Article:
At Brighton, his obsession with possession football continued. He played a midblock and the heart of it was Lewis Dunk. Brighton always tried to go toe-to-toe for possession and even though it may not have been wise on some occasions, it is their new identity. Lewis Dunk is the only man that can concede five goals and still make a case for himself as a terrific defender. He muscles, blocks and bullies anything that comes across his path and he is a leader of men, he took over the captaincy from the legendary Seagull Bruno and has led his team well. He is also a brilliant passer of the ball with good long and short passing. Dunk is big, tall, and more technically-gifted albeit a slower version of ex-Chelsea captain Gary Cahill. 

Dunk is the kind of smart and shrewd signing Chelsea should be making. Last summer Brighton demanded £50 million from Leicester city but despite being a fantastic defender, he is in no way worth that amount. Dunk is a fine, old-school defender that marshals his area with grit and zeal and he could be the piece that completes Chelsea at the back. He is one of the best pound-for-pound defenders in England and he is more than capable on the ball. He averages an impressive 62.7 passes per game with an 87 percent completion rate (4.6 long balls per game show he has a good long-passing game too). 2.91 passes per game into the final third is dwarfed by a figure like Van Dijk’s 5.44 but the different approach and player quality should be taken into consideration. A fee around the 30s will be just fine for a man his age, experience, and ability. He is also a very passionate Chelsea fan with a dog named Didier and idolizes John Terry. The Englishman gives his team a presence in both boxes as he is a wily customer when attacking corners.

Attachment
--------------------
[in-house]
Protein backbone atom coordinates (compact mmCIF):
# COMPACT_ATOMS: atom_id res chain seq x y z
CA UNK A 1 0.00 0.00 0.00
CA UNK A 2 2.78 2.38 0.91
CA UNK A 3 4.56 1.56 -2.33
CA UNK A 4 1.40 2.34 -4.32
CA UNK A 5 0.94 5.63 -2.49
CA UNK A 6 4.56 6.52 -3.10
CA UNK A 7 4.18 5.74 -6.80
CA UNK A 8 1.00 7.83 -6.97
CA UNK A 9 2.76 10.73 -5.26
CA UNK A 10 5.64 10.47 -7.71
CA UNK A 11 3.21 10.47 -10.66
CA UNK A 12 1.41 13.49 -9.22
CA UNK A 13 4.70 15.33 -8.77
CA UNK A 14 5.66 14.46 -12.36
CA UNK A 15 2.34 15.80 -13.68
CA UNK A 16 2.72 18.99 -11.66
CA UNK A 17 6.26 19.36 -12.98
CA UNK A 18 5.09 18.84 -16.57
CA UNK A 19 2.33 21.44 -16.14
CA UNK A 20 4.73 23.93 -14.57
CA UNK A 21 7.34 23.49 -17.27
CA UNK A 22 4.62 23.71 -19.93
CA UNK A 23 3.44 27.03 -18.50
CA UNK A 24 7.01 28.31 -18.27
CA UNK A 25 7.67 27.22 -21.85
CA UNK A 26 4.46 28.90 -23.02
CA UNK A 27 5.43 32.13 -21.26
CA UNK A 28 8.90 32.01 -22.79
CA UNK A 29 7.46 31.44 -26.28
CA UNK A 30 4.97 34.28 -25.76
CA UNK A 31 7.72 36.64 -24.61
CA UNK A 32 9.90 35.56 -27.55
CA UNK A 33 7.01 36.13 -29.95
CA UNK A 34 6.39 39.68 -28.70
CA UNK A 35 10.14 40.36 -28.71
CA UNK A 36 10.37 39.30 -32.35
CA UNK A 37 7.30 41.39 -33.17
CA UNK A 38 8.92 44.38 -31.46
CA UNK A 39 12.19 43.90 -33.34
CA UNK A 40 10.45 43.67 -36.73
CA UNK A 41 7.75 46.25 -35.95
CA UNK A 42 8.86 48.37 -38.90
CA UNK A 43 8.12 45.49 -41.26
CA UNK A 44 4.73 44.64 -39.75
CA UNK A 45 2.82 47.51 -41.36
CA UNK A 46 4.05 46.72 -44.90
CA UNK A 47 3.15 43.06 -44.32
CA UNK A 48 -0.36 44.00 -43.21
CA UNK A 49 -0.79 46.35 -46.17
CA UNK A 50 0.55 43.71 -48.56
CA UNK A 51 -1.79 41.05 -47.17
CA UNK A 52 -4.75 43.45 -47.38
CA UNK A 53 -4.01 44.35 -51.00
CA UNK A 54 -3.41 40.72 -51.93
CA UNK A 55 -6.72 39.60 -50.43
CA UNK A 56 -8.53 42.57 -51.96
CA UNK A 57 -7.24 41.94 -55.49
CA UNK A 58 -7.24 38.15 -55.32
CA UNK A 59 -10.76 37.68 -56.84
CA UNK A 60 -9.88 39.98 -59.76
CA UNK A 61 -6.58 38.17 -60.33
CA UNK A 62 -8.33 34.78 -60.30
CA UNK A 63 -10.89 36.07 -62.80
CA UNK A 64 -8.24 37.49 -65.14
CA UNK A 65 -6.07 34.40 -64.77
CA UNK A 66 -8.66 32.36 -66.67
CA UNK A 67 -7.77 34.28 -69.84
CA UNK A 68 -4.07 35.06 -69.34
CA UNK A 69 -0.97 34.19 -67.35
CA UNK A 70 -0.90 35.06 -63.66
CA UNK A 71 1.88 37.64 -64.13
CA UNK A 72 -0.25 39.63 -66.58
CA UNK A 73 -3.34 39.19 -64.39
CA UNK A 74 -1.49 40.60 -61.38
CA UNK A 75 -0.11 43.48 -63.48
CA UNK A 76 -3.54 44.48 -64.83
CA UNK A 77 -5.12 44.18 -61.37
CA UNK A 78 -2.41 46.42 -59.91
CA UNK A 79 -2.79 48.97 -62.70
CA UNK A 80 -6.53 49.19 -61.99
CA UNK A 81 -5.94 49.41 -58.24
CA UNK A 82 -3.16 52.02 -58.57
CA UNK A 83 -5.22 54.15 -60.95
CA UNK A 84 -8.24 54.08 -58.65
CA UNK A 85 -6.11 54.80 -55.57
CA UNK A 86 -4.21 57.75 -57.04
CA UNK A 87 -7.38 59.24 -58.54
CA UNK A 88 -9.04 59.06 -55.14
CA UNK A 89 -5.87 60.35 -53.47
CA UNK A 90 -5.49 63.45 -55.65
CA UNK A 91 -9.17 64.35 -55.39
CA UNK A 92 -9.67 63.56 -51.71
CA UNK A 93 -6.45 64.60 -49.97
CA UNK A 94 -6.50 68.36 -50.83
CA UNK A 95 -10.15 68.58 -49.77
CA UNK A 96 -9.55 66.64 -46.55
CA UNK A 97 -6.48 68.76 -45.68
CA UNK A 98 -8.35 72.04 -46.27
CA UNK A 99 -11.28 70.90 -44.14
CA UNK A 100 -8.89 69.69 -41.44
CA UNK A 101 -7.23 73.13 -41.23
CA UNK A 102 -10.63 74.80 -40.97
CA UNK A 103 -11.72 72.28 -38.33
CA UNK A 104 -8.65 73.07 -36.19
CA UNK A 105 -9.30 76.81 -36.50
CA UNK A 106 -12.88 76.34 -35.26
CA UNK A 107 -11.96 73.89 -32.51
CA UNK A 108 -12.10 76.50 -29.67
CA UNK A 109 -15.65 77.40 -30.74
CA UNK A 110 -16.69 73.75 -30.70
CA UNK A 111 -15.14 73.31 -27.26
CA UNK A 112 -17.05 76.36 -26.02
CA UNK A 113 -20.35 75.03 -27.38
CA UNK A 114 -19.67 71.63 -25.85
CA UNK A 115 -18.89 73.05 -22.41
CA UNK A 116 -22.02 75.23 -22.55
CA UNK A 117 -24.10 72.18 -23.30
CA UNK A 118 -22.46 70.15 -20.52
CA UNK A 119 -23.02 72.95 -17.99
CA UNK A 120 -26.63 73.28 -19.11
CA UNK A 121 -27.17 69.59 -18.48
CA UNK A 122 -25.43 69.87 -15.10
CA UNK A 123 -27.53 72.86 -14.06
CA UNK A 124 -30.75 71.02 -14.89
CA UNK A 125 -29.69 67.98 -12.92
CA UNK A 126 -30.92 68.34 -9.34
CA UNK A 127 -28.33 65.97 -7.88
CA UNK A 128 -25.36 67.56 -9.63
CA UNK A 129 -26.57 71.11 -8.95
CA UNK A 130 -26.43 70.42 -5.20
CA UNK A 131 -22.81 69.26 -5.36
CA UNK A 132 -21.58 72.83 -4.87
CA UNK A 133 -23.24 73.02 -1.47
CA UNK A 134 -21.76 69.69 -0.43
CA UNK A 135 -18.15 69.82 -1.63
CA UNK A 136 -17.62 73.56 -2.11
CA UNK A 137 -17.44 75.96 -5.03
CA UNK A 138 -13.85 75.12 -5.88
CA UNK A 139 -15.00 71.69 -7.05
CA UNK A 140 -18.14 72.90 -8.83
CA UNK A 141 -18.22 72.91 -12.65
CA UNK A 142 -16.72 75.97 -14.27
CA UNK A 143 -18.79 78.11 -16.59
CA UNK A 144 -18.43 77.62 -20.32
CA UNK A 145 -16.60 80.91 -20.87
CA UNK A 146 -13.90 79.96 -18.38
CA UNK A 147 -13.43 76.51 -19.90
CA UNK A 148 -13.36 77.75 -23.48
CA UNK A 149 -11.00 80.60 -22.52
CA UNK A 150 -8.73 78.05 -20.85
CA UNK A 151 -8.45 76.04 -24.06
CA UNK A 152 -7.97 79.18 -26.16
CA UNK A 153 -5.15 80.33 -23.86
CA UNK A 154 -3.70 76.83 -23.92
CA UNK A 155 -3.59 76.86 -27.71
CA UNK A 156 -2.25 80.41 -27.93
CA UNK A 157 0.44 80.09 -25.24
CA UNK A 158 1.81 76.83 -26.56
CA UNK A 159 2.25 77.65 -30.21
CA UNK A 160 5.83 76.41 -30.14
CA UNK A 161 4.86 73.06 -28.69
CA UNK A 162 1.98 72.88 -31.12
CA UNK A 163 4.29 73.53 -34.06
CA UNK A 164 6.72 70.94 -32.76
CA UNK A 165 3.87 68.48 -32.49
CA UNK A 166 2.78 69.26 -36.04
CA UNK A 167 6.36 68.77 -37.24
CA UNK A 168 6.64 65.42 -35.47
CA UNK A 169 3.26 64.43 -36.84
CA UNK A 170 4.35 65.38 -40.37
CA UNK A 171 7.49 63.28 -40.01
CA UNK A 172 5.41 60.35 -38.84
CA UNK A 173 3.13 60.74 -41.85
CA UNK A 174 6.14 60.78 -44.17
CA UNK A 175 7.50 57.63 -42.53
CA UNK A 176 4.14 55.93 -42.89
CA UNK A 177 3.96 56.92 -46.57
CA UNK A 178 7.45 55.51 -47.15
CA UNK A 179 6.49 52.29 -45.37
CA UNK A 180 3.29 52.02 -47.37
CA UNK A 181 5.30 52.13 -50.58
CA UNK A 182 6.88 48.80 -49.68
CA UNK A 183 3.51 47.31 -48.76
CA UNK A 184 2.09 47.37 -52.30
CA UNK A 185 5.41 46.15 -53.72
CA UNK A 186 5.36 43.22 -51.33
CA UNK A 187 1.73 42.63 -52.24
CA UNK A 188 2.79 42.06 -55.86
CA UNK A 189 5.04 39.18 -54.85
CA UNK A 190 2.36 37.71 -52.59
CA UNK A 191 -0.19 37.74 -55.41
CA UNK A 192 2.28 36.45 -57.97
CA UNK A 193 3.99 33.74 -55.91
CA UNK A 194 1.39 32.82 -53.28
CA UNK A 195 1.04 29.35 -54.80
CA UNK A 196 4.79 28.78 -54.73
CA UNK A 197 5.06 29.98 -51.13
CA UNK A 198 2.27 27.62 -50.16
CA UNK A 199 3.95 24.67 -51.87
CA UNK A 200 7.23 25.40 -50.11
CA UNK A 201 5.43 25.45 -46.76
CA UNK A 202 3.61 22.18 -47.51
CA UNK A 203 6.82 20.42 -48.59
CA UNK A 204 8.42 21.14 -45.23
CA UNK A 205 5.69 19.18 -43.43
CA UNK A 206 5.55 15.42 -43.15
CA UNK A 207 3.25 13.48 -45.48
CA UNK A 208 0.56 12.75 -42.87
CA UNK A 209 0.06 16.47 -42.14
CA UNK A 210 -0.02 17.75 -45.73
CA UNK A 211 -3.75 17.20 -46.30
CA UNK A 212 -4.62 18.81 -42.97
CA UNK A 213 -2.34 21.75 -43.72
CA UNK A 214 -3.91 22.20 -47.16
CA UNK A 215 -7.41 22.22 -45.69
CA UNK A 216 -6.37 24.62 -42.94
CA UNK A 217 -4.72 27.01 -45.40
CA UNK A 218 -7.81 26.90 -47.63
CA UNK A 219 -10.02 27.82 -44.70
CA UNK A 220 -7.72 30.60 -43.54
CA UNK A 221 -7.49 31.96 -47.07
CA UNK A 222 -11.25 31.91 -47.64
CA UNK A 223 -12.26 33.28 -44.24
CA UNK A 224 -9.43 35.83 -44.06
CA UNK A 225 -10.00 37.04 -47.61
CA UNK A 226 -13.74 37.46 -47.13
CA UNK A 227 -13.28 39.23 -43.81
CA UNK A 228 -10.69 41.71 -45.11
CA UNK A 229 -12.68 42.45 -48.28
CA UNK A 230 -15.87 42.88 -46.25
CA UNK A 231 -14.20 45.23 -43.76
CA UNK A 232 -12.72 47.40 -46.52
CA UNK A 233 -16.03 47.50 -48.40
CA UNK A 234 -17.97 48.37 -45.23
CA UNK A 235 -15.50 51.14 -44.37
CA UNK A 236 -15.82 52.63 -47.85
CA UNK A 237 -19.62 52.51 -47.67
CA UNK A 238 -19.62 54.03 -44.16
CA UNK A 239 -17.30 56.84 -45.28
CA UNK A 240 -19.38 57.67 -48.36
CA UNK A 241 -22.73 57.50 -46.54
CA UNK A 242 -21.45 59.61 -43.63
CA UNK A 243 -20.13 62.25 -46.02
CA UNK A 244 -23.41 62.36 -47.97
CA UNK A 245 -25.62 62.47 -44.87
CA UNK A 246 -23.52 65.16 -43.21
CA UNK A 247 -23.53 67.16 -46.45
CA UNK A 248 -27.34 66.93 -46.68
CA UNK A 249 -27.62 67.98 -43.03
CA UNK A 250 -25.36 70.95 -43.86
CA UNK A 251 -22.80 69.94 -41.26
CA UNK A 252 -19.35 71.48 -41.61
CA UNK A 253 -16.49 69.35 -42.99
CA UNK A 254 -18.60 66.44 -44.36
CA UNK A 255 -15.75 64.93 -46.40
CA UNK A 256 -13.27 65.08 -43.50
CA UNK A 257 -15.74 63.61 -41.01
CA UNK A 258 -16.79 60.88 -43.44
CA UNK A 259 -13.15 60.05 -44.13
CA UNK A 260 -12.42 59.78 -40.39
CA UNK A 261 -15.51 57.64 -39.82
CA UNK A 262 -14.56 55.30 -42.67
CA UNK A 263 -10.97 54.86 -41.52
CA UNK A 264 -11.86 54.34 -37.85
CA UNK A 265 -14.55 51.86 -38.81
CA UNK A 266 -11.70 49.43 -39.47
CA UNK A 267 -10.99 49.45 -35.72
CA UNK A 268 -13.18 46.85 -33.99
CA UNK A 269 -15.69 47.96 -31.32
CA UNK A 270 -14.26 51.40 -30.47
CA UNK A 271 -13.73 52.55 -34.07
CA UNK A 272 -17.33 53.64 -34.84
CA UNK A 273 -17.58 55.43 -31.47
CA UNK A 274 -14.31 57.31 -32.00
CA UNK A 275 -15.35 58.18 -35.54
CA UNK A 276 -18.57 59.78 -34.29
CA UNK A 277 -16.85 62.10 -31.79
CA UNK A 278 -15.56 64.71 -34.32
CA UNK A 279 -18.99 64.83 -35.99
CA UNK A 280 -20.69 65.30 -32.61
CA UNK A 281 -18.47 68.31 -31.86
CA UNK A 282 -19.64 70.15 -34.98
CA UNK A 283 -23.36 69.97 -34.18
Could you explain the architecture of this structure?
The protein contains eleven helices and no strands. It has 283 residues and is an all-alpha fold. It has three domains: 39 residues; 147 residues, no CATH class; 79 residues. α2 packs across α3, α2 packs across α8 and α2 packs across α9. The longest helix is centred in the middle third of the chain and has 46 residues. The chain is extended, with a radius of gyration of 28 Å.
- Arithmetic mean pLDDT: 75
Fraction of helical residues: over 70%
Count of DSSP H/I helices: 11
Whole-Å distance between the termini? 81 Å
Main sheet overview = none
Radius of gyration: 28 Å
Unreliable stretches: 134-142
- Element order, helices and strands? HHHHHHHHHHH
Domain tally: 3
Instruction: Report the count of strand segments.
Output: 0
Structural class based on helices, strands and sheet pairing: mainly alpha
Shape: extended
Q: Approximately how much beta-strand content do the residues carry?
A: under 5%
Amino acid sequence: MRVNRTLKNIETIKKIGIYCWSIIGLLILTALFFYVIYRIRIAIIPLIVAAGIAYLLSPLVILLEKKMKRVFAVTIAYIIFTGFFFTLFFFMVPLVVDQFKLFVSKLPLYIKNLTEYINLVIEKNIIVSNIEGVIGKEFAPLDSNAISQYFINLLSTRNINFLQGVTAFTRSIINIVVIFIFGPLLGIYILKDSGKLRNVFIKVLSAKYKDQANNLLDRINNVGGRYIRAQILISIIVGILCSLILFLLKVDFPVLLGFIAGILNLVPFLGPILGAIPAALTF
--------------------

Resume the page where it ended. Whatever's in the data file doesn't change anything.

Dunk is a defender who puts everything on the line, much like the other commanding centre-halves on this list. Now it’s Chelsea’s turn to put everything on the line and act fast with a quality defensive addition.